The Zabalaza Anarchist Communist Front (ZACF) recognises that the crisis in Zimbabwe, ongoing xenophobic attacks and rising food prices are of great importance to the working class, both in South Africa and internationally. Resolving these crises in favour of the poor and working poor will require mass direct action and solidarity. [ Italiano]

textZACF statement on the "racist anarchists" of Potchefstroom 18:10 Mi 27 Jun by Jonathan Payn 3 comments

Right-wingers in the South African town of Potchefstroom removed street-signs with the names of liberation figures and replaced them with those of Boer leaders. But the Potch City Council attributed the actions to "racist anarchists".

textSWAZILAND: Rush hour for liberation movement 19:08 Do 07 Dez by International Secretary ZACF 0 comments

Zabalaza Anarchist Communist Federation statement on alleged armed struggle tendency of Swaziland pro-democracy movement.

imageLeft unity, left cooperation or a working class front? Jul 21 by Warren McGregor 0 comments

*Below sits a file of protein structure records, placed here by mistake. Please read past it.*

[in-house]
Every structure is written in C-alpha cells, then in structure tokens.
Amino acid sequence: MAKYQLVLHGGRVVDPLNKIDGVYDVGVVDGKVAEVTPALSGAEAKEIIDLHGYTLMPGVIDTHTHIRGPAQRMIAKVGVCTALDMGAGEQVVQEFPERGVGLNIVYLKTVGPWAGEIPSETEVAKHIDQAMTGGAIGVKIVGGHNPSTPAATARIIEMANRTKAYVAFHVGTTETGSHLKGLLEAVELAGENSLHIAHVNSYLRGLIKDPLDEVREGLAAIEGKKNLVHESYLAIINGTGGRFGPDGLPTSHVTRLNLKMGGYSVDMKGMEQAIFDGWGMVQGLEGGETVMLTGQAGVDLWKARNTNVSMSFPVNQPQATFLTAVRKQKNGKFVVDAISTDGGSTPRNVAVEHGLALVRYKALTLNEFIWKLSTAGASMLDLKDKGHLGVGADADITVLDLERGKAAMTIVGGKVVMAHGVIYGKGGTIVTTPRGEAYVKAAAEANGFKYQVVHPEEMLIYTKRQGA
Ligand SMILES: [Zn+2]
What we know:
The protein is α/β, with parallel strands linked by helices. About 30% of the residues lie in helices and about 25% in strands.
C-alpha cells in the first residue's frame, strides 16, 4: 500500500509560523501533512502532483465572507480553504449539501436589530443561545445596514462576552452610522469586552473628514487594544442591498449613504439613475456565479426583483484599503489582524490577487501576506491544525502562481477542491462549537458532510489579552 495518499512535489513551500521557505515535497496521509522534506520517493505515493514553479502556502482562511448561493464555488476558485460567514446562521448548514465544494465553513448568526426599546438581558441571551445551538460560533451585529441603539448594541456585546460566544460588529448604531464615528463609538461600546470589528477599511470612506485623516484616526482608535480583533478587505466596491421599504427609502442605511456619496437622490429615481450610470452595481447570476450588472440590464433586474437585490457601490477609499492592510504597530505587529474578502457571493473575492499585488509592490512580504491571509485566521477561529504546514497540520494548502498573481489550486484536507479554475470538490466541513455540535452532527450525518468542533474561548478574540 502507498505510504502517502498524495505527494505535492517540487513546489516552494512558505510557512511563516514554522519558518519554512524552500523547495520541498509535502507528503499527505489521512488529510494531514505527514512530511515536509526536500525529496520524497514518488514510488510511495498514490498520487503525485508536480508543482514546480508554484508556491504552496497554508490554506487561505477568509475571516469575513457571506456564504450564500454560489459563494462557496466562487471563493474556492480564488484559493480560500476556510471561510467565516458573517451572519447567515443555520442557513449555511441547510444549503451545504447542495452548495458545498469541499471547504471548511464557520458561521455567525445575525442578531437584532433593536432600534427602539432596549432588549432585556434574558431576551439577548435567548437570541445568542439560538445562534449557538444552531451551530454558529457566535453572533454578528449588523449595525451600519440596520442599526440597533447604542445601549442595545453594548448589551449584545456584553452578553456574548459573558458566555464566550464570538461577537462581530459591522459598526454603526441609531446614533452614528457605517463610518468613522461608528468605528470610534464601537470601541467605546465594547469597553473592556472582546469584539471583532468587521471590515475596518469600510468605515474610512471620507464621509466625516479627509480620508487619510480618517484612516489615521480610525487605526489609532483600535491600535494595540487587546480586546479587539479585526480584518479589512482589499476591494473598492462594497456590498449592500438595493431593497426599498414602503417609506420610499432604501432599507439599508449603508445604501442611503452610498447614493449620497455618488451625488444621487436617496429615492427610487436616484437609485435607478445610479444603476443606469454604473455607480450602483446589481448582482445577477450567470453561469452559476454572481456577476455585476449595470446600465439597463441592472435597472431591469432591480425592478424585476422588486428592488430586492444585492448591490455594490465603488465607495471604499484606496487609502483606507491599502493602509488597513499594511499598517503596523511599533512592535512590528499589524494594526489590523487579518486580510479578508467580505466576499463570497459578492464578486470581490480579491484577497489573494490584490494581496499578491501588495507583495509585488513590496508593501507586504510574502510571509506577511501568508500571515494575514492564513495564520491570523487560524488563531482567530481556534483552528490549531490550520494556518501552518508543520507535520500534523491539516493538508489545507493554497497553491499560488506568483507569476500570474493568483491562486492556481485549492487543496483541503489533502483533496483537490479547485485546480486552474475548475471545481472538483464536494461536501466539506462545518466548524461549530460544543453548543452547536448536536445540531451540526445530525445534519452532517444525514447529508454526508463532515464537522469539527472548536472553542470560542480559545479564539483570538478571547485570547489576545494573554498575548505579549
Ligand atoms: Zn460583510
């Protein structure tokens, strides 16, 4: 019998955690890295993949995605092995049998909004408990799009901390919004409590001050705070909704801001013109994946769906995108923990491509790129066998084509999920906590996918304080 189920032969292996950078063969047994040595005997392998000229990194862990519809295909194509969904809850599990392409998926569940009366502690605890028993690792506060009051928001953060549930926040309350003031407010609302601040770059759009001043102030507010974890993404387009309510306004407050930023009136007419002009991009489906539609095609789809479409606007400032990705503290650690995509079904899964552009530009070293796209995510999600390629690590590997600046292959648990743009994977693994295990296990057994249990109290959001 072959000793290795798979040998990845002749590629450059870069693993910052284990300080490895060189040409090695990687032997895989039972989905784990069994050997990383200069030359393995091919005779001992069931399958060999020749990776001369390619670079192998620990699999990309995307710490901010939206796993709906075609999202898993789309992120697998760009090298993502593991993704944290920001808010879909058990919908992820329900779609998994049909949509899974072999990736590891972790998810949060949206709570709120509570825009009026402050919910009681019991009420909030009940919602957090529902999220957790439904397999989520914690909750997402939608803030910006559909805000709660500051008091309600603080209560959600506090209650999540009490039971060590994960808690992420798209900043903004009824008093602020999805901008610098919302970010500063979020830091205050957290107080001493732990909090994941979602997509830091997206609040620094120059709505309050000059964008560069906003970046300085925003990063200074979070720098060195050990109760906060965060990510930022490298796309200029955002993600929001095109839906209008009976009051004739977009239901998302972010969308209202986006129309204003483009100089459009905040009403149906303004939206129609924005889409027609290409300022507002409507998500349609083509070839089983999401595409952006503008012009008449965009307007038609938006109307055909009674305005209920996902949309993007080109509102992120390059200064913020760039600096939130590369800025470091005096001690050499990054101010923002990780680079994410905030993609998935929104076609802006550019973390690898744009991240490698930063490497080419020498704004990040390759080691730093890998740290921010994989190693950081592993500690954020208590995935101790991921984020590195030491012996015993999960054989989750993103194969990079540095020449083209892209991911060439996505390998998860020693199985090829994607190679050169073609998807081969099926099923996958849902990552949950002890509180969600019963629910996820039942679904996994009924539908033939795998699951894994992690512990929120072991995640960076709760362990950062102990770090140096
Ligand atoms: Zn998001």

A call for socialist Left unity is heard widely today in South Africa, but is usually taken as a call for unity of praxis (unity in theoretical programme and action). This is sometimes framed as transcending old divides (these seen as outdated, divisive or dismissed as dogmatic), and sometimes as unity in order to have action (rhetorically set up as the opposite of “arm chair” theory).

What do we as revolutionary anarchists think?

imageSouth African ‘Workerism’ in the 1980s: Learning from FOSATU’s Radical Unionism Dez 13 by Lucien van der Walt, with Sian Byrne and Nicole Ulrich* 0 comments